On two, I was intrigued by your comparison of J-Street with Engage and TULIP. Your remarks about the differing political contexts are well-taken. But I wonder: if J-Street was forging its identity in a much harsher environment, as in Europe, are you suggesting they
would be more suspect of some of the shady far-left characters they are clearly content to have hanging on their margins? In my view, the issue is not the comparatively benign environment in this country. It's that J-Street is politically confused, so much so that it cannot draw boundaries in terms of who to engage with (groups like ATFP, for instance) and who to cast out (advocates of the so-called "one state" solution, which I and others have long argued is a prescription for genocide.)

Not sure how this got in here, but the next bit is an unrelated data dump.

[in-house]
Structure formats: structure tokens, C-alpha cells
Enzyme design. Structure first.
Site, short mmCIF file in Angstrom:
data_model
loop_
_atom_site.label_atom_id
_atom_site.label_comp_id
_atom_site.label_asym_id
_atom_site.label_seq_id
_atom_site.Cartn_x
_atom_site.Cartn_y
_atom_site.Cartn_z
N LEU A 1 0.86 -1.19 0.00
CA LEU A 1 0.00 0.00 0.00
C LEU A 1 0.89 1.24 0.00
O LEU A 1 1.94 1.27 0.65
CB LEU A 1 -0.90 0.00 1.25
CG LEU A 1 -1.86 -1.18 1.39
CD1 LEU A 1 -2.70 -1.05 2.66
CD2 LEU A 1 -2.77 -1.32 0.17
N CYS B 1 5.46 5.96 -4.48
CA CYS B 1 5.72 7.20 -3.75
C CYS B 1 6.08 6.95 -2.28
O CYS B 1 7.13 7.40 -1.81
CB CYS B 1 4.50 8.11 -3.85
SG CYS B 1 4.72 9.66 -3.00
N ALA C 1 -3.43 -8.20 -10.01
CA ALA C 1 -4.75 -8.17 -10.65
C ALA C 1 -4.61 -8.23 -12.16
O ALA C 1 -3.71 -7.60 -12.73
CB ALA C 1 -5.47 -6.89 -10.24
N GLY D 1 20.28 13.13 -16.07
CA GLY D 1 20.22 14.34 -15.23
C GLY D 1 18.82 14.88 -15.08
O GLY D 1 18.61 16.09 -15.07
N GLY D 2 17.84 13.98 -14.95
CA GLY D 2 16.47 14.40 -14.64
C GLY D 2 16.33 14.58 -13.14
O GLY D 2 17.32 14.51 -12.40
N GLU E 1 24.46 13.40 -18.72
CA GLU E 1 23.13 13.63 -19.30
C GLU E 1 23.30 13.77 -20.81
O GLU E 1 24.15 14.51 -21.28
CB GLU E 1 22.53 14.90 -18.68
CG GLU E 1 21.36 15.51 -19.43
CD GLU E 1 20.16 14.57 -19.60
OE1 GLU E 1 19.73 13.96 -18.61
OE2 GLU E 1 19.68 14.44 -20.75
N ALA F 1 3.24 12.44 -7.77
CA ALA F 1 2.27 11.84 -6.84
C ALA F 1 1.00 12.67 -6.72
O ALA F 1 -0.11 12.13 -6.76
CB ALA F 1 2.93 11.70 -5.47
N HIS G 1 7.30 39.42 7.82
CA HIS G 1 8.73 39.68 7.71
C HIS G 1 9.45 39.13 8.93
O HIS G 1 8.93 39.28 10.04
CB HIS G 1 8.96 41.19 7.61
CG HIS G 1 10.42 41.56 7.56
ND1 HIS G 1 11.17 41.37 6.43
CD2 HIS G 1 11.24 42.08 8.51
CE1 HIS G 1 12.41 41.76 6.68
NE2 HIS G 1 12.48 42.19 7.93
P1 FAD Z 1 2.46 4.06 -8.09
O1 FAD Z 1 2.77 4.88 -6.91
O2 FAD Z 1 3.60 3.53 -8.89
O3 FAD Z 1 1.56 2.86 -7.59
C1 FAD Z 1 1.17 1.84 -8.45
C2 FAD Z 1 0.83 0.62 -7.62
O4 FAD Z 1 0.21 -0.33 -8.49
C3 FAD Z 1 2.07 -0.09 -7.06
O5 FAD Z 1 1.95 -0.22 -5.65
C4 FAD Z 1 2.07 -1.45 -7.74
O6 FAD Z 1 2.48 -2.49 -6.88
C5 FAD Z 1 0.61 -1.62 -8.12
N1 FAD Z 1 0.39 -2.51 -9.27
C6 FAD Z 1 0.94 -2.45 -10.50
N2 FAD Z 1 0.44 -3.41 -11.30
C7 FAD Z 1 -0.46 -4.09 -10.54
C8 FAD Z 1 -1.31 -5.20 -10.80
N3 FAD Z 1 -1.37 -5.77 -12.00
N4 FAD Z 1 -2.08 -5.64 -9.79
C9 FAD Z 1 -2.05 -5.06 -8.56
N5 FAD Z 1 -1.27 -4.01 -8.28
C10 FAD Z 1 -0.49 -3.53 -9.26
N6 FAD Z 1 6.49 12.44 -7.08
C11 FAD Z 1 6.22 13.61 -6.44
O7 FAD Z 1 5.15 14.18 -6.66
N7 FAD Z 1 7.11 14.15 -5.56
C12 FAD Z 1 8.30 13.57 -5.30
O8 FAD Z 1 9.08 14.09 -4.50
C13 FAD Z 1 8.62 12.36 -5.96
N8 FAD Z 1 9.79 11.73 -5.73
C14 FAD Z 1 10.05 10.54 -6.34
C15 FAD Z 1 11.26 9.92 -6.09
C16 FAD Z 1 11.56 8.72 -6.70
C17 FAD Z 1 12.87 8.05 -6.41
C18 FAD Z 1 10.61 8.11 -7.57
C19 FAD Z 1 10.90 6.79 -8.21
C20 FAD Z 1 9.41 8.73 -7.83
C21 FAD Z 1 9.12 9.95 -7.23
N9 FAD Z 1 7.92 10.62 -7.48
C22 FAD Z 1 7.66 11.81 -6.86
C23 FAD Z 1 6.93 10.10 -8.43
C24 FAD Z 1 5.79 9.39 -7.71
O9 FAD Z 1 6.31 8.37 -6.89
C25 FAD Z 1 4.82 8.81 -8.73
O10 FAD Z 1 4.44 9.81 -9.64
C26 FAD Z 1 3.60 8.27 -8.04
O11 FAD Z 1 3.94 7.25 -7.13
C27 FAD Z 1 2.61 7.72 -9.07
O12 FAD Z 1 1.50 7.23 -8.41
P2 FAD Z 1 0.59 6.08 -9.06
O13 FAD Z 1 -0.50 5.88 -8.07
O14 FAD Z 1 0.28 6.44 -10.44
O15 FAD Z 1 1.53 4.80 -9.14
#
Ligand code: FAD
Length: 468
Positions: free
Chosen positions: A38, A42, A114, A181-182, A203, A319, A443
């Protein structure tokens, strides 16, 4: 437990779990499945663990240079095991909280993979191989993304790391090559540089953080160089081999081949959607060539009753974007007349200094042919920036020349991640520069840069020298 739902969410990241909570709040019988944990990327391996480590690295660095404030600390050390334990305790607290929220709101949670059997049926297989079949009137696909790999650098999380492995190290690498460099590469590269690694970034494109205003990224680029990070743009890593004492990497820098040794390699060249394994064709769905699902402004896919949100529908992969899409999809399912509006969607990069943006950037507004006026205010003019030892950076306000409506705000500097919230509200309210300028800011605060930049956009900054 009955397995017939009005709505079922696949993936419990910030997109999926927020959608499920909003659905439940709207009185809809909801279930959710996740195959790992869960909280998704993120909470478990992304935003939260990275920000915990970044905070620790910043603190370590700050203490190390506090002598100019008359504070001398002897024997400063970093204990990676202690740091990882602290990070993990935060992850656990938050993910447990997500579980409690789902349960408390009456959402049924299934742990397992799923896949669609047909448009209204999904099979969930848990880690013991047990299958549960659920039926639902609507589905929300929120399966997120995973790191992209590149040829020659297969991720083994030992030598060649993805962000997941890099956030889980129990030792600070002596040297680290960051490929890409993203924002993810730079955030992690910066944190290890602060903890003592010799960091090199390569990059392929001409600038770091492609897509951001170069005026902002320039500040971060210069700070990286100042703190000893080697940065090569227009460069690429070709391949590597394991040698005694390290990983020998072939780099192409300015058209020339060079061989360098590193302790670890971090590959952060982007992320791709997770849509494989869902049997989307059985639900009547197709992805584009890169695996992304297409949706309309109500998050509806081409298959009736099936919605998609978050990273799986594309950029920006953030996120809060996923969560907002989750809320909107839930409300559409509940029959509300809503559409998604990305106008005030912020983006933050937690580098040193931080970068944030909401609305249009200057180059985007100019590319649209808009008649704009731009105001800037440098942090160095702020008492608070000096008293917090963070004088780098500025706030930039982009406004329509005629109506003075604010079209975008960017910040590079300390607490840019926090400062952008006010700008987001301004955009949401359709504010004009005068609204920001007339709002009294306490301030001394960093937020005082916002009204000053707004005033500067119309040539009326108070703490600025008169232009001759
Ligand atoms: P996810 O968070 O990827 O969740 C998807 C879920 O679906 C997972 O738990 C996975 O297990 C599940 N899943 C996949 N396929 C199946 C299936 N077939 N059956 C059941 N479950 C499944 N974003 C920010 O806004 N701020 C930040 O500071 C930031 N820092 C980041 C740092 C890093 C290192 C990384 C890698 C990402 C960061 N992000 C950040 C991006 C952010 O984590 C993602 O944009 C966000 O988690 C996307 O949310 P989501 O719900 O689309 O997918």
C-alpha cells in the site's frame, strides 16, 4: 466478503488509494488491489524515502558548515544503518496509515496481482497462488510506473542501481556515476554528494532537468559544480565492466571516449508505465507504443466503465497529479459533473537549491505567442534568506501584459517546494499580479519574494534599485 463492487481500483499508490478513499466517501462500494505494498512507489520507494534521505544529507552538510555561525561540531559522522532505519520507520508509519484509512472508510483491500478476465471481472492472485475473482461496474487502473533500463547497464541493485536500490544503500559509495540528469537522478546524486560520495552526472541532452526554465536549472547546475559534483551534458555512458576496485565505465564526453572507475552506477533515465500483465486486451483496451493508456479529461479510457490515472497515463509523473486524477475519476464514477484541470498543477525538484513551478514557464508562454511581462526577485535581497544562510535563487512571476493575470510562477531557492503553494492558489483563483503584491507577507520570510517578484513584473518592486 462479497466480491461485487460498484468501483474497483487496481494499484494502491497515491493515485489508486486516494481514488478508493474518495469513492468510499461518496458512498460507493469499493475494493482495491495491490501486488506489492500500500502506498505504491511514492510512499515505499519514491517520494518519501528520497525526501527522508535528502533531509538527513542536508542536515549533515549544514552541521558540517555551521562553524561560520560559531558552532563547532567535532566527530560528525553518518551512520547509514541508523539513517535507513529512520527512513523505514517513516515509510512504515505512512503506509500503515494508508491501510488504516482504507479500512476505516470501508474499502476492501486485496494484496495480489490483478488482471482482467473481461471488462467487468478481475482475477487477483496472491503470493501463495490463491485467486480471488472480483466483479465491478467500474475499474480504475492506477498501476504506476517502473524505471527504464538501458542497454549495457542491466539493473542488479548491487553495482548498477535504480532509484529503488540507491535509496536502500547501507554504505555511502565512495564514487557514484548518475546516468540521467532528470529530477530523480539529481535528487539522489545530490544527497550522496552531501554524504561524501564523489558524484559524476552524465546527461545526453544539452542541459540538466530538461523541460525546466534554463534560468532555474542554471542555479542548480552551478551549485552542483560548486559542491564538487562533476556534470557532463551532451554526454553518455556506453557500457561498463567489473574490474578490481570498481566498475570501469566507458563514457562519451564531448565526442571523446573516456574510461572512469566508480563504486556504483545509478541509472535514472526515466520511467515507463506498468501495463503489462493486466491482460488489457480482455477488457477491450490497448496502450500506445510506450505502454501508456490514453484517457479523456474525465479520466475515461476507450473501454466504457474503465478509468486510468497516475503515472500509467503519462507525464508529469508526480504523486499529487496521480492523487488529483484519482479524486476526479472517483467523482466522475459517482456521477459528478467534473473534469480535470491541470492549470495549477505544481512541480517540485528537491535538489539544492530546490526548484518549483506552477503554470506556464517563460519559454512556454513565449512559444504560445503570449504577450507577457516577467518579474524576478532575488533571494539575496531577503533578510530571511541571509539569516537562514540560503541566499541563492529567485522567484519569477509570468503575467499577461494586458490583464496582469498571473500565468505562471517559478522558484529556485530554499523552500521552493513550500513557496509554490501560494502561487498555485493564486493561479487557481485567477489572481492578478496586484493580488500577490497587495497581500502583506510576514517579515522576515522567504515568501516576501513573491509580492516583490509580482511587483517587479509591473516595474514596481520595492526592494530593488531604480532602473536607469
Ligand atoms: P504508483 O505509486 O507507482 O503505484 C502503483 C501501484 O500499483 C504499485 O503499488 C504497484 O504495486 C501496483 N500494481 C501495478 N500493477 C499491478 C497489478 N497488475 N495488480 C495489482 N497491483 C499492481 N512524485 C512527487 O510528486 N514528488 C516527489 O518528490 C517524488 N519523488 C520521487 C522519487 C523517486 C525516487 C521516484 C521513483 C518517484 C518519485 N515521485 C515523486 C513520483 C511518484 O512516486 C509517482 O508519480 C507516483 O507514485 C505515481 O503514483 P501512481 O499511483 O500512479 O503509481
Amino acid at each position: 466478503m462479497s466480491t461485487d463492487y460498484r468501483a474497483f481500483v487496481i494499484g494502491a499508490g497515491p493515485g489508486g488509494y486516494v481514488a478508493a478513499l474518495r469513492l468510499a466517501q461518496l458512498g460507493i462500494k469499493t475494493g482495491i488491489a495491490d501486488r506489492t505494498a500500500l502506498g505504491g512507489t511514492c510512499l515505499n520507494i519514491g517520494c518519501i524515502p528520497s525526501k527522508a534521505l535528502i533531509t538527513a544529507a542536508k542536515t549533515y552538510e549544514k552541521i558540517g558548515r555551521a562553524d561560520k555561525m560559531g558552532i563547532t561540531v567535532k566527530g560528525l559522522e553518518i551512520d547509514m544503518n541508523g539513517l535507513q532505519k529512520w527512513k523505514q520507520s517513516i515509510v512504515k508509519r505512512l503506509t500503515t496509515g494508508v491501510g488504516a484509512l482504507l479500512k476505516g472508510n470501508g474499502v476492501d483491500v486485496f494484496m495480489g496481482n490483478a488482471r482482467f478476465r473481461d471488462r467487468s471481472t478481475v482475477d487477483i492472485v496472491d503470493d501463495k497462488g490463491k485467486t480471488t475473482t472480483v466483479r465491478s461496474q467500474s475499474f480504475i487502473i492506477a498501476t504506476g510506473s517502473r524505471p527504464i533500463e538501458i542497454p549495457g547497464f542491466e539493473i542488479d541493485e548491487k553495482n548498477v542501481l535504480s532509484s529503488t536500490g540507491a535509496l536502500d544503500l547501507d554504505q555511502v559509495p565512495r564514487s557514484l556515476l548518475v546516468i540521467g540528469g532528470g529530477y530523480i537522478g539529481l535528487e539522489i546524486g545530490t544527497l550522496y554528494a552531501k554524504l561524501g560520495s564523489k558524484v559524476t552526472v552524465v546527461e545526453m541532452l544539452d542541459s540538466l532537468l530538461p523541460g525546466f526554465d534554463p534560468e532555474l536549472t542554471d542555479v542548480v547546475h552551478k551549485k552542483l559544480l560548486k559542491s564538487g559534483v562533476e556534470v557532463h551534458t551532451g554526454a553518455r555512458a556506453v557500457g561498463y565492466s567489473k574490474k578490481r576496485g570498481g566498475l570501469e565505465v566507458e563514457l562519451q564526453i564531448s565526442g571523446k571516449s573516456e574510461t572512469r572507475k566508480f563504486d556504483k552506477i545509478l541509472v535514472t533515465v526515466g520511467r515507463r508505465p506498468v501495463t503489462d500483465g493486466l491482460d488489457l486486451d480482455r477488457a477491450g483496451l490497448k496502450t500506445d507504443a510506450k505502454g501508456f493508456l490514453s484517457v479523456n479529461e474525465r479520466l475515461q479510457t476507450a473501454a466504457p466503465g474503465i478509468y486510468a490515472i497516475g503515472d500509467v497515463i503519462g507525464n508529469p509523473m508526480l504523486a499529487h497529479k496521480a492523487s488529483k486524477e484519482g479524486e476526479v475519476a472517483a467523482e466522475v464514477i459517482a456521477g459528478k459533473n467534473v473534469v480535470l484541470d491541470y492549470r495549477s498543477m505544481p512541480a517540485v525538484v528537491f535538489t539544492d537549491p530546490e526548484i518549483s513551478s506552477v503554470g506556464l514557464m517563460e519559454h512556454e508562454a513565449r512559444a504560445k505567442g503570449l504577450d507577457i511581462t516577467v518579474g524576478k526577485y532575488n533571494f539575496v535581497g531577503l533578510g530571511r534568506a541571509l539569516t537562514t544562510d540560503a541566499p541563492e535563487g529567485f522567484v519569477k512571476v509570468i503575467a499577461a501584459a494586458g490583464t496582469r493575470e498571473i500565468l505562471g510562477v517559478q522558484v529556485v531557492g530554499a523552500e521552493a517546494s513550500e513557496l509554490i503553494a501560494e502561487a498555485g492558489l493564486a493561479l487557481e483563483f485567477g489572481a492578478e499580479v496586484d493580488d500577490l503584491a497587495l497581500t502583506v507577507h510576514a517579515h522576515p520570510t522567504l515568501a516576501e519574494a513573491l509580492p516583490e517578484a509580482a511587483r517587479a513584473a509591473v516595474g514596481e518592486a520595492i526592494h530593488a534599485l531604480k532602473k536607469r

Thanks for reading, sorry for the lengthy free association!

David Schraub said...


Thanks for your reply. I read your protest of J Street as being an objection to them not having a position paper on Kurdistan, or a press release ready to go on the future of Iraq. I completely agree that knowledge regarding the regional dynamics of the middle east is very important to understanding the I/P conflict. But it is secondary -- "understanding" issues like Arab anti-Semitism or authoritarianism does not require direct advocacy about them, except as refracted through the lens of securing peace between Israel and Palestine. I don't think J Street disputes that intersectional focus is important and appropriate, but nor do I think that is in tension with their status as an institution which is primarily focused on abetting the peace process.